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dc.contributor.authorMcGhee, CNJ
dc.contributor.authorDean, S
dc.contributor.authorFreundlich, SEN
dc.contributor.authorGokul, A
dc.contributor.authorZiaei, M
dc.contributor.authorPatel, D
dc.contributor.authorNiederer, RL
dc.contributor.authorDanesh-Meyer, H
dc.date.accessioned2020-12-16T23:50:25Z
dc.date.available2020-12-16T23:50:25Z
dc.date.issued2020-10-11
dc.identifier.citationMcGhee, C. N. J., Dean, S., Freundlich, S. E. N., Gokul, A., Ziaei, M., Patel, D., Niederer, R. L. & Danesh-Meyer, H. (2020). Microdroplet and spatter contamination during phacoemulsification cataract surgery in the era ofCOVID-19. CLINICAL AND EXPERIMENTAL OPHTHALMOLOGY, 48 (9), pp.1168-1174. https://doi.org/10.1111/ceo.13861.
dc.identifier.issn1442-6404
dc.identifier.urihttp://hdl.handle.net/11343/254583
dc.description.abstractIMPORTANCE: Determine phacoemulsification cataract surgery risk in a Covid-19 era. BACKGROUND: SARS-CoV-2 (Covid-19) transmission via microdroplet and aerosol-generating procedures presents risk to medical professionals. As the most common elective surgical procedure performed globally; determining contamination risk from phacoemulsification cataract surgery may guide personal protection equipment use. DESIGN: Pilot study involving phacoemulsification cataract surgery on enucleated porcine eyes by experienced ophthalmologists in an ophthalmic operating theatre. PARTICIPANTS: Two ophthalmic surgical teams. METHODS: Standardized phacoemulsification of porcine eyes by two ophthalmologists accompanied by an assistant. Fluorescein incorporated into phacoemulsification irrigation fluid identifying microdroplets and spatter. Contamination documented using a single-lens reflex camera with a 532 nm narrow bandpass (fluorescein) filter, in-conjunction with a wide-field blue light and flat horizontal laser beam (wavelength 532 nm). Quantitative image analysis using Image-J software. MAIN OUTCOME MEASURES: Microdroplet and spatter contamination from cataract phacoemulsification. RESULTS: With phacoemulsification instruments fully within the eye, spatter contamination was limited to <10 cm. Insertion and removal of the phacoemulsification needle and bimanual irrigation/aspiration, with irrigation active generated spatter on the surgeons' gloves and gown extending to >16 cm below the neckline in surgeon 1 and > 5.5 cm below the neckline of surgeon 2. A small tear in the phacoemulsification irrigation sleeve, presented a worse-case scenario the greatest spatter. No contamination above the surgeons' neckline nor contamination of assistant occurred. CONCLUSIONS AND RELEVANCE: Cataract phacoemulsification generates microdroplets and spatter. Until further studies on SARS-CoV-2 transmission via microdroplets or aerosolisation of ocular fluid are reported, this pilot study only supports standard personal protective equipment.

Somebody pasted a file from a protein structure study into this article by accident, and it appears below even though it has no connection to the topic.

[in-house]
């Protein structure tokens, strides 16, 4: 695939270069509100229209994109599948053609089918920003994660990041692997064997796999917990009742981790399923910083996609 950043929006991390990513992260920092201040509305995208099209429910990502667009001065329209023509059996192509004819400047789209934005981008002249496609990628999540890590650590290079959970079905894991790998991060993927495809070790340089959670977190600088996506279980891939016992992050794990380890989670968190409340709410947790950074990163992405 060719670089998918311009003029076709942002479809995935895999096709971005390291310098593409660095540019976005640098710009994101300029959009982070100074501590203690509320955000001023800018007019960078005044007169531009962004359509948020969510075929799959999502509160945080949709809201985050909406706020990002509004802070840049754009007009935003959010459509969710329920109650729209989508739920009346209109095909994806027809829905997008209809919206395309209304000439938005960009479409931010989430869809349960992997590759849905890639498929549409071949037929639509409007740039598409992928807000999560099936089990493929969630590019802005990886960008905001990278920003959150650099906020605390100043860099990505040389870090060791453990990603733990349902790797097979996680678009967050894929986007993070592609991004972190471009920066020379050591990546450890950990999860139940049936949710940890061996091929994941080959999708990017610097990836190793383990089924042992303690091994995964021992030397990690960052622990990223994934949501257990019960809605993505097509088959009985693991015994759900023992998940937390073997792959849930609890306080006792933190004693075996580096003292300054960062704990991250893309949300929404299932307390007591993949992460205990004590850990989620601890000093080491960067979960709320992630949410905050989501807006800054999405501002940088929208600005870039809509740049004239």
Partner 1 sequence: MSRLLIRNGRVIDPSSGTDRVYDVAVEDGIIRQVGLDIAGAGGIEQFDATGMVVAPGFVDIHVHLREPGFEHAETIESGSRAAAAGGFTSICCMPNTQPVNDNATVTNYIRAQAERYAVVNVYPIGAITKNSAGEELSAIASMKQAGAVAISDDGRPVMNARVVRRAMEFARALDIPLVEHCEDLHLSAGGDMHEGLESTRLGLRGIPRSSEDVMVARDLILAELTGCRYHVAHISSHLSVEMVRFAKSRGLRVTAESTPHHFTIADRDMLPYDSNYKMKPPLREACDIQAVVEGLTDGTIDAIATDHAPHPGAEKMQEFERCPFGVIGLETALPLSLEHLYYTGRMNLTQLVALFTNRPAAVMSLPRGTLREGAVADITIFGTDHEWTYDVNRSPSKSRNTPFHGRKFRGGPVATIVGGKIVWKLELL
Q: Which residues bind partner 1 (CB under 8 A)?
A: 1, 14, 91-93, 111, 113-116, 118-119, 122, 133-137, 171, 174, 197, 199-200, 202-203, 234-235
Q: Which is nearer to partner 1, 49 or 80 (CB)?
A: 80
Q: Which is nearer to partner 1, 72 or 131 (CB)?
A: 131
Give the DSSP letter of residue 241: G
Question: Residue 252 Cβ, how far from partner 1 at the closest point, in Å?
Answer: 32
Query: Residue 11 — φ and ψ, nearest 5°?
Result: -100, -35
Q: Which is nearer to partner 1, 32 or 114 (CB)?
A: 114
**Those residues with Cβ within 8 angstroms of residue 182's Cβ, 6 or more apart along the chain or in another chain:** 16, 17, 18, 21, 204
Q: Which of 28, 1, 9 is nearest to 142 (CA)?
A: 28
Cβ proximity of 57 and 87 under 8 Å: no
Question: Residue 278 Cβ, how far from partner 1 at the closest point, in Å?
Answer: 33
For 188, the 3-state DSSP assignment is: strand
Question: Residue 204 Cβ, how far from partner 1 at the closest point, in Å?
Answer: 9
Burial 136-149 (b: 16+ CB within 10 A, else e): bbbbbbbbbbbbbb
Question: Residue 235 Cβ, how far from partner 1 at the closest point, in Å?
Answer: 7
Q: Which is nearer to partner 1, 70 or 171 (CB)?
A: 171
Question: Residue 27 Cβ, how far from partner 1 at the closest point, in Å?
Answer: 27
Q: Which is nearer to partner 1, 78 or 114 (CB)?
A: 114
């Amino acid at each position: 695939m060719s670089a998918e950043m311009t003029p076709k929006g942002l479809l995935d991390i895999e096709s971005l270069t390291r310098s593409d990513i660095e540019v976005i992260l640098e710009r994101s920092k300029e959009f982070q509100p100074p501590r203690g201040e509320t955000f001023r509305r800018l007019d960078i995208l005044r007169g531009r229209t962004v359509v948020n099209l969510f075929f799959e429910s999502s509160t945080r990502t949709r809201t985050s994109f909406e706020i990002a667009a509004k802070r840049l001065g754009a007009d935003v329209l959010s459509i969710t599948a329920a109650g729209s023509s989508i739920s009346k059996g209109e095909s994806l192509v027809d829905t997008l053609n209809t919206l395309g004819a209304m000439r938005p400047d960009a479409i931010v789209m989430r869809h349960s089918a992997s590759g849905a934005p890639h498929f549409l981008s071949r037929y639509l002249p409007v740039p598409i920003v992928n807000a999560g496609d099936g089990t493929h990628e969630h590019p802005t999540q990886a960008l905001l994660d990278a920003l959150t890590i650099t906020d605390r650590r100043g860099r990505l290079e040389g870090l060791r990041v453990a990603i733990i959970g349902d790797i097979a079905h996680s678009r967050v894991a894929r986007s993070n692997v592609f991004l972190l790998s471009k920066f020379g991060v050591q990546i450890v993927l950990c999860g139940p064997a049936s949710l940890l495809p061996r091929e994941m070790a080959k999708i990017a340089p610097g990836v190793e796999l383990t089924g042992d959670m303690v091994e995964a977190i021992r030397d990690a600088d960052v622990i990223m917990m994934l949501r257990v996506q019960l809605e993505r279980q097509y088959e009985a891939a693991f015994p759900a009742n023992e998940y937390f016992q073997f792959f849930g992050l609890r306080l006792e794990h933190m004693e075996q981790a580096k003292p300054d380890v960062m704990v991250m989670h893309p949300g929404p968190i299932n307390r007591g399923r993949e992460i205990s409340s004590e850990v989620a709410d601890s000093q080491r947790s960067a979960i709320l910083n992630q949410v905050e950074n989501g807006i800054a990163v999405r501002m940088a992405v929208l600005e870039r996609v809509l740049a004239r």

dc.languageEnglish
dc.publisherWILEY
dc.titleMicrodroplet and spatter contamination during phacoemulsification cataract surgery in the era ofCOVID-19
dc.typeJournal Article
dc.identifier.doi10.1111/ceo.13861
melbourne.affiliation.departmentSurgery (RMH)
melbourne.source.titleClinical and Experimental Ophthalmology
melbourne.source.volume48
melbourne.source.issue9
melbourne.source.pages1168-1174
melbourne.elementsid1469220
melbourne.openaccess.urlhttps://europepmc.org/articles/PMC7537193?pdf=render
melbourne.openaccess.statusPublished version
melbourne.contributor.authorDanesh-Meyer, Helen
dc.identifier.eissn1442-9071
melbourne.accessrightsAccess this item via the Open Access location


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